Ambassadors' Debate Day in Tallinn brought together heads of diplomatic missions from four Eastern Partnership (EaP) countries—Moldova, Georgia, Armenia, and Azerbaijan—and also from Poland, a co-founder of the event. Tellingly, the Ambassador of Ukraine revoked his participation on short notice and a Belarusian diplomat didn't say a word. This seems to be a highly symbolic silence of these two governments who increasingly share a lot with each other.
The debate, organized by the Tartu-based Europe College, confirmed that Eastern Europe faces a new and very complicated reality, where values and interests usually merge, and political and economic issues overlap. Given this complexity, borderlines between domestic and international matters blur. Evidently, for Moldova, the Association Agreement with the EU is a powerful factor to shape its parliamentary elections due next year, and the mass-scale political protests in Ukraine’s Maidan is a major European event. In this situation, there is no room for black-and-white thinking, and those who choose to base their strategies on zero-sum-game approaches are ultimately most likely doomed to failure.
The debate had started from Eastern Partnership countries, yet it gradually transformed into something of much wider scope and significance—into a discussion on Europe itself. In this sense, the EaP is a kind of mirror that reflects the dilemmas that the EU faces. Of course, we all are aware of an ongoing debate on whether the EU should move toward a more centralized union (the federalist option) or remain an intergovernmental alliance of sovereign nation states. But there are other dilemmas as well—for example, is the EU a (geo)political player capable of striking political deals by negotiation agreements with its partners, or does it choose to remain a purely institutional actor that offers its neighbors certain projects that can only be accepted or rejected?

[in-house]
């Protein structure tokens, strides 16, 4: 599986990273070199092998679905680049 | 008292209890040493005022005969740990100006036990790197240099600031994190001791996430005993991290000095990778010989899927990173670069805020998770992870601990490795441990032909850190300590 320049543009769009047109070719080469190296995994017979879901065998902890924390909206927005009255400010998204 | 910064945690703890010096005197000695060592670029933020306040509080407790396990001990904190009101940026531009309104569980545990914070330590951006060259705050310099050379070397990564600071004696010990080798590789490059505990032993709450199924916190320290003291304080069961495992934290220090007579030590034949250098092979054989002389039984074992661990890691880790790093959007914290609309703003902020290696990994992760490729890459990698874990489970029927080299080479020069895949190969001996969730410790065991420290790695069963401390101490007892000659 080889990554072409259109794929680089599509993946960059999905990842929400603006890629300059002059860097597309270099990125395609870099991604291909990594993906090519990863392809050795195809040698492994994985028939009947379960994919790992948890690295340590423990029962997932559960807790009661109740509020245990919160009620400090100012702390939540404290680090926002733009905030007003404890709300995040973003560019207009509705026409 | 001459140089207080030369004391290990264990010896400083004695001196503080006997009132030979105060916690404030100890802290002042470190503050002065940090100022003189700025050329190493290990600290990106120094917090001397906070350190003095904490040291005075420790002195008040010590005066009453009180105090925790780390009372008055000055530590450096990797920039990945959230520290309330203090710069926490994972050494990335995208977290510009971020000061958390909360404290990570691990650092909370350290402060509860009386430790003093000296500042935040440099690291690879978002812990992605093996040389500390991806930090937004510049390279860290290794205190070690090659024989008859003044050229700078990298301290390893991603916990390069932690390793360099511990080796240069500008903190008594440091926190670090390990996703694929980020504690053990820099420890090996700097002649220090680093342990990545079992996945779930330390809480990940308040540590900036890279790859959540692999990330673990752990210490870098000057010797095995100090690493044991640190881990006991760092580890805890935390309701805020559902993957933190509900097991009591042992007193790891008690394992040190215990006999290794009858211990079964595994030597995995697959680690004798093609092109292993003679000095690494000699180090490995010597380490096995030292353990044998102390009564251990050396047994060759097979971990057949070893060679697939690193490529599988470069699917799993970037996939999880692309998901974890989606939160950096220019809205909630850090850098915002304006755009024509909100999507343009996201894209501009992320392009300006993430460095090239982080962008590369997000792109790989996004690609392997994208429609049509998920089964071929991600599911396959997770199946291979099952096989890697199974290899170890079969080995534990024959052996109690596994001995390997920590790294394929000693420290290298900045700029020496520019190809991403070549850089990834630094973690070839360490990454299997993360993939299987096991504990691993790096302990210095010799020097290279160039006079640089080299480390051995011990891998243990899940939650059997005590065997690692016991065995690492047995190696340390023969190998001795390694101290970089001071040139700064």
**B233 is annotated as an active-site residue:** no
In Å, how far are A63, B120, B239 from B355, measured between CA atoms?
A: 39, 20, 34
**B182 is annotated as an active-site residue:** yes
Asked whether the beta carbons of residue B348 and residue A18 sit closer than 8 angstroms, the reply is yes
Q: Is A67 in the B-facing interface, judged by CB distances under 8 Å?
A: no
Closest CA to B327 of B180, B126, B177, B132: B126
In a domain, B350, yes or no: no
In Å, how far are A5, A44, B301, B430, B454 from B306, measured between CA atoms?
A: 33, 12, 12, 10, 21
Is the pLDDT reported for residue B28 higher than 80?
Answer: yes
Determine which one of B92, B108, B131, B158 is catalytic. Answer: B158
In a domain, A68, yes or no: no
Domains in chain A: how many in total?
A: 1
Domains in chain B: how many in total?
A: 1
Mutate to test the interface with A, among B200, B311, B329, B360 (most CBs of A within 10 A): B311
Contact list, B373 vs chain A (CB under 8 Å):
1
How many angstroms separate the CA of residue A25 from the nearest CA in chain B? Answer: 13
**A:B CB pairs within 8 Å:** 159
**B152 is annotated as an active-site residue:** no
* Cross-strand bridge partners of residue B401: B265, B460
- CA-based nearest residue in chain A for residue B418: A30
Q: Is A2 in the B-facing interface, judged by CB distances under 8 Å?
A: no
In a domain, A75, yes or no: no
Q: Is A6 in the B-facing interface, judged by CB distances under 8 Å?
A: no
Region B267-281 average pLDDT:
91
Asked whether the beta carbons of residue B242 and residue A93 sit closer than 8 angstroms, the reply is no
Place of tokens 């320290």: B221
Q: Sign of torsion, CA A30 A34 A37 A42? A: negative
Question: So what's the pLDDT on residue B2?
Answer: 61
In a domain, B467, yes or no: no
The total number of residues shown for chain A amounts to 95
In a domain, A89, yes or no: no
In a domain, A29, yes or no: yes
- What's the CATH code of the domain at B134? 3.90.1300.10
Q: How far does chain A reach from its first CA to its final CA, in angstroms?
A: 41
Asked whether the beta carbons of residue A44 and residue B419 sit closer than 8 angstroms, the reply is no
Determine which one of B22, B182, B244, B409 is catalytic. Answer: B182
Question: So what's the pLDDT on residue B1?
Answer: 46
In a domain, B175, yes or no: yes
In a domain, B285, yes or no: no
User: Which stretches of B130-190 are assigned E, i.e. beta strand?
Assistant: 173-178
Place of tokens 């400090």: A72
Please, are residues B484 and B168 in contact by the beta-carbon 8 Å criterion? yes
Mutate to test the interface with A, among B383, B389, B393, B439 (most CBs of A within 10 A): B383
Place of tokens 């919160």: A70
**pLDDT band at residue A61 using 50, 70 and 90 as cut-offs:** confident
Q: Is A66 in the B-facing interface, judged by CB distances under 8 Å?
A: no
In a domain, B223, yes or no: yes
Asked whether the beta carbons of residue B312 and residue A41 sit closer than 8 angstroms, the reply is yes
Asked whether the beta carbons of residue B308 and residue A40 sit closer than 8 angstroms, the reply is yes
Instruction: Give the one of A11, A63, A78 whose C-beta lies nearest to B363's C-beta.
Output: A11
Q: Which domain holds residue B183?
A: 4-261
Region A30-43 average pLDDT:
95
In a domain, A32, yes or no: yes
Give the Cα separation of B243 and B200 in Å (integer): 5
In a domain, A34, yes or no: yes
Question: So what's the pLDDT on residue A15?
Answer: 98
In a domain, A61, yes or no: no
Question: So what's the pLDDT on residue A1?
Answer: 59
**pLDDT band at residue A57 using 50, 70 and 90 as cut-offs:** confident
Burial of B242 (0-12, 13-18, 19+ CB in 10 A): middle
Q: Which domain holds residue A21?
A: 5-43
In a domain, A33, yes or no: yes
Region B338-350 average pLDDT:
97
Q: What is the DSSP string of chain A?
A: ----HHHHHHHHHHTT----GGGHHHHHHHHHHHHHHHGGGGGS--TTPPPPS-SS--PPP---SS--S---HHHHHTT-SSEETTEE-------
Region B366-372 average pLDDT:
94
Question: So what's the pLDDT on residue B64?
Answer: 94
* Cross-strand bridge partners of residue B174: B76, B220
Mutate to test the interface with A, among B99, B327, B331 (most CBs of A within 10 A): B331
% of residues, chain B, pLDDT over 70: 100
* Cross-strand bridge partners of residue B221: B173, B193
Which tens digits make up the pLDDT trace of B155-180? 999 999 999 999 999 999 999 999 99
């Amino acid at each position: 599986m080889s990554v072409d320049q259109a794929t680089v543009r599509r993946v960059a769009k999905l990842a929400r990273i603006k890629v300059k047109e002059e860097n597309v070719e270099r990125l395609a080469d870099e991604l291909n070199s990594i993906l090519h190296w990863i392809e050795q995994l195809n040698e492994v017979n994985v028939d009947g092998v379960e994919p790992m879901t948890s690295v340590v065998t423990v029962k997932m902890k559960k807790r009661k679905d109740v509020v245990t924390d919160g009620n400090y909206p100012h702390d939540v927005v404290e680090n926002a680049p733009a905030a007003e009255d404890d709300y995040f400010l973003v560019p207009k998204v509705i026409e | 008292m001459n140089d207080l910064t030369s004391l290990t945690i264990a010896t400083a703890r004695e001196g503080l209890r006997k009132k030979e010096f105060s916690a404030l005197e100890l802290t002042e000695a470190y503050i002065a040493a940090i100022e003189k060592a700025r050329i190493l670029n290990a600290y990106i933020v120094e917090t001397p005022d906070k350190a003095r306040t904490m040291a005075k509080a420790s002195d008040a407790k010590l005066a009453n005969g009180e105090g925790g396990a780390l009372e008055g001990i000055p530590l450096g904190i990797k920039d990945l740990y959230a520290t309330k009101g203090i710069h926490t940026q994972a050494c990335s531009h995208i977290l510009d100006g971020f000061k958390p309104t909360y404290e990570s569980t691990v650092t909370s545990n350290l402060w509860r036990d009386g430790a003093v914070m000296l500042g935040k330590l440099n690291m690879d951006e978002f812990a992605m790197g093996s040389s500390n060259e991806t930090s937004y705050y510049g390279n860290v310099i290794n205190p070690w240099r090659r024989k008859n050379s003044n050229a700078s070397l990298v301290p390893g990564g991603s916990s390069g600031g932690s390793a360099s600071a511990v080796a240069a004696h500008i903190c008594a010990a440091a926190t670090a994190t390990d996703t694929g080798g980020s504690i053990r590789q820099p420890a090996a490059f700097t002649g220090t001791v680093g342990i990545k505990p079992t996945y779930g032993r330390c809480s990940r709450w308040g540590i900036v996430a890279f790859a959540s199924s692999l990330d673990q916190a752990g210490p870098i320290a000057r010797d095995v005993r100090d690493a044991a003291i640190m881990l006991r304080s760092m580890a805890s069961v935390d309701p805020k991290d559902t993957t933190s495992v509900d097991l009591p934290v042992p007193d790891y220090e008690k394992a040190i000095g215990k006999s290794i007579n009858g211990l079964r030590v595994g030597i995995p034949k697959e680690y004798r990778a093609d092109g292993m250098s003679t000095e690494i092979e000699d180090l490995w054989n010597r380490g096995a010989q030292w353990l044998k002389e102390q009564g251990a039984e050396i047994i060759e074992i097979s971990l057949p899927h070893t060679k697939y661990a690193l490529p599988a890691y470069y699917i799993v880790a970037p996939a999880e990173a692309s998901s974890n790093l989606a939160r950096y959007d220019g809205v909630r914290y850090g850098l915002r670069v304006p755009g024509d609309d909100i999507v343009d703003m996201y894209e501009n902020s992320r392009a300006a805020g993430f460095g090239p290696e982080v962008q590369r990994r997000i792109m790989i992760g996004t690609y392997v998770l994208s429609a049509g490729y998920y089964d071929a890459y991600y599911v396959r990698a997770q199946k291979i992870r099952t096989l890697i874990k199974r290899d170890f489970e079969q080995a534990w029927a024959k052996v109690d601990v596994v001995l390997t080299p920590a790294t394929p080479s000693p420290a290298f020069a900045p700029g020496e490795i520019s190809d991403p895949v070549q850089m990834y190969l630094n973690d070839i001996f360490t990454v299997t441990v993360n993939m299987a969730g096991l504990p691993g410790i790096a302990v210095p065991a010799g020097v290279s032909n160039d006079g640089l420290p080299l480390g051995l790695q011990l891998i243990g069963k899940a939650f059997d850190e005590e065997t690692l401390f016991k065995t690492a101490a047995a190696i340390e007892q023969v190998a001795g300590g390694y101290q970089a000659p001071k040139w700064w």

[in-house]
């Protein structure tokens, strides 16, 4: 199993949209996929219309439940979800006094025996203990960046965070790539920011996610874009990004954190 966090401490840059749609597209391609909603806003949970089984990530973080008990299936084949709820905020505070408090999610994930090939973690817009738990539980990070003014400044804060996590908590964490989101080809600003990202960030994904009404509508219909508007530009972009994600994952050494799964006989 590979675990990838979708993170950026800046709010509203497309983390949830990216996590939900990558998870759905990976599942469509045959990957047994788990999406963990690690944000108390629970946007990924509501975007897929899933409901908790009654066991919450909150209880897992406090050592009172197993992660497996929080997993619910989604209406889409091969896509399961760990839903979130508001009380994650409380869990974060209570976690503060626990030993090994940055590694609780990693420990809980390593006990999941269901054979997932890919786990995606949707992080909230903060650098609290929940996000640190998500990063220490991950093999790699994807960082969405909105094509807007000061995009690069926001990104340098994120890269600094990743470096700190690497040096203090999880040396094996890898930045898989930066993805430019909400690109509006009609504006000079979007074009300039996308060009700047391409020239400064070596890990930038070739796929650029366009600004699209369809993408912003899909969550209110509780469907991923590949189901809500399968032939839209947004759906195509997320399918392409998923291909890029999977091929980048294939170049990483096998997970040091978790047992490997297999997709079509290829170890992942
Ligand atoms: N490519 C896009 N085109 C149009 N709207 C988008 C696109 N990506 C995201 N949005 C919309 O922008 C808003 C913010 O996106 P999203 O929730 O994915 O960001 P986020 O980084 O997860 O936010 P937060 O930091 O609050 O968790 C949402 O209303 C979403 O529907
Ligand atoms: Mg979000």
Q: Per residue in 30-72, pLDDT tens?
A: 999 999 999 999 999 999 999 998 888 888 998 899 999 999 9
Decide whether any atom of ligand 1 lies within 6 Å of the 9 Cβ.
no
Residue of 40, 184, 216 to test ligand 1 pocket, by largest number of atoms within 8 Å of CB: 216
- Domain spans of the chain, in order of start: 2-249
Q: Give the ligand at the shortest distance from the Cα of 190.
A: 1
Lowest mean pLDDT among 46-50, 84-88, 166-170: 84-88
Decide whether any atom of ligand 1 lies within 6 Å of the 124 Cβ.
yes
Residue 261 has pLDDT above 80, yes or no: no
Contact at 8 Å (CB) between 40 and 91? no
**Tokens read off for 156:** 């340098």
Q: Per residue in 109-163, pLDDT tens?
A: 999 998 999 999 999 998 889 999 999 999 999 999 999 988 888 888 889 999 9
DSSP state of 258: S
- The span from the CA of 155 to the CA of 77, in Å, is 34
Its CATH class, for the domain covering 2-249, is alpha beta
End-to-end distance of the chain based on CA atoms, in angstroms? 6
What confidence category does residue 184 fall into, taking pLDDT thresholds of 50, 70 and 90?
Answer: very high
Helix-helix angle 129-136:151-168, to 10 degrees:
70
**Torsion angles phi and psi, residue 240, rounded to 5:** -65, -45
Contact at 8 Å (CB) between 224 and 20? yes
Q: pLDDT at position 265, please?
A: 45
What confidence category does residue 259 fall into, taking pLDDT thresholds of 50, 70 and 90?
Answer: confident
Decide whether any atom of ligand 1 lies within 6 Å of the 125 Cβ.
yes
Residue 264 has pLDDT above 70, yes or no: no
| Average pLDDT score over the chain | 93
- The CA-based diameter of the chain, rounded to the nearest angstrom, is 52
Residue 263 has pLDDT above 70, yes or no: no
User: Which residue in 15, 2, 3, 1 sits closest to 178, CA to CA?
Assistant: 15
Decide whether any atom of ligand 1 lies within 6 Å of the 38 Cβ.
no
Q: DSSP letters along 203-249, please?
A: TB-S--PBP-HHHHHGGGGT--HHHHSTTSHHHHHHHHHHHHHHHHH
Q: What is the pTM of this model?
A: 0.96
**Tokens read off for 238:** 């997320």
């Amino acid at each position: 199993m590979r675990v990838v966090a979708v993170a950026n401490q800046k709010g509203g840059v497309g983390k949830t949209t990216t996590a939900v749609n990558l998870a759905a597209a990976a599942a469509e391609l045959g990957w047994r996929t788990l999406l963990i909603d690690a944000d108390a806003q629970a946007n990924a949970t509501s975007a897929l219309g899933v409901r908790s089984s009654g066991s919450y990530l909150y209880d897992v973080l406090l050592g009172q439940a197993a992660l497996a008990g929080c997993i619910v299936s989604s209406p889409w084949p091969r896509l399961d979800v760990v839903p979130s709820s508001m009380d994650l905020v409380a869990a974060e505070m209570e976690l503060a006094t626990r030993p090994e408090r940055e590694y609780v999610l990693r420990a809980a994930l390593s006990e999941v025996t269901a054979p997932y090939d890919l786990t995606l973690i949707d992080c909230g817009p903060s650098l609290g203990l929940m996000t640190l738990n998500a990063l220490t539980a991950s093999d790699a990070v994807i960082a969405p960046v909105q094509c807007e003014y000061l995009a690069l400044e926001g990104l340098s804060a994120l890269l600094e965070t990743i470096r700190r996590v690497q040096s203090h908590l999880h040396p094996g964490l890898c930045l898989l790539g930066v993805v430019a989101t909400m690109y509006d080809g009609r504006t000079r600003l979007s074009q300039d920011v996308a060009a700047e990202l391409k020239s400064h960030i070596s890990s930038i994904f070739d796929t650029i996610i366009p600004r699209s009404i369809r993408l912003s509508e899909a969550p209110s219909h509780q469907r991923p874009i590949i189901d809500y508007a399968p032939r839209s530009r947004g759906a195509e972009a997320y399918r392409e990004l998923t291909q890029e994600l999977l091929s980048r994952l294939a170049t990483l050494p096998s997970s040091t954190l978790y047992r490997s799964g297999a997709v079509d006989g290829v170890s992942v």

The ambassadors' debate made two important things clear. First, each of the ambassadors explicitly or implicitly admitted that there is a strong geopolitical context in EU's policies. Paradoxically, this is what many EU member states vehemently deny. Yet even having assumed that the EU indeed tends to play geopolitical games, we need to see that this is not the same geopolitics as it has been known from the textbooks of the last century. The EU geopolitical inclinations are more norm-based than power-related, and more about giving incentives than controlling territories.
Secondly, the debate revealed that a "common neighborhood" still remains a figure of speech and lacks institutional substantiation. Politically, the EU and Russia keep drifting away from each other, and it is hard to foresee so far whether they can come up with more or less coordinated solutions in either Eastern Europe or South Caucasus. Multilateral diplomacy is still a wish for these regions, which seems to be more a challenge to the EU than to Russia, which traditionally has a much stronger preference for unilateral policies.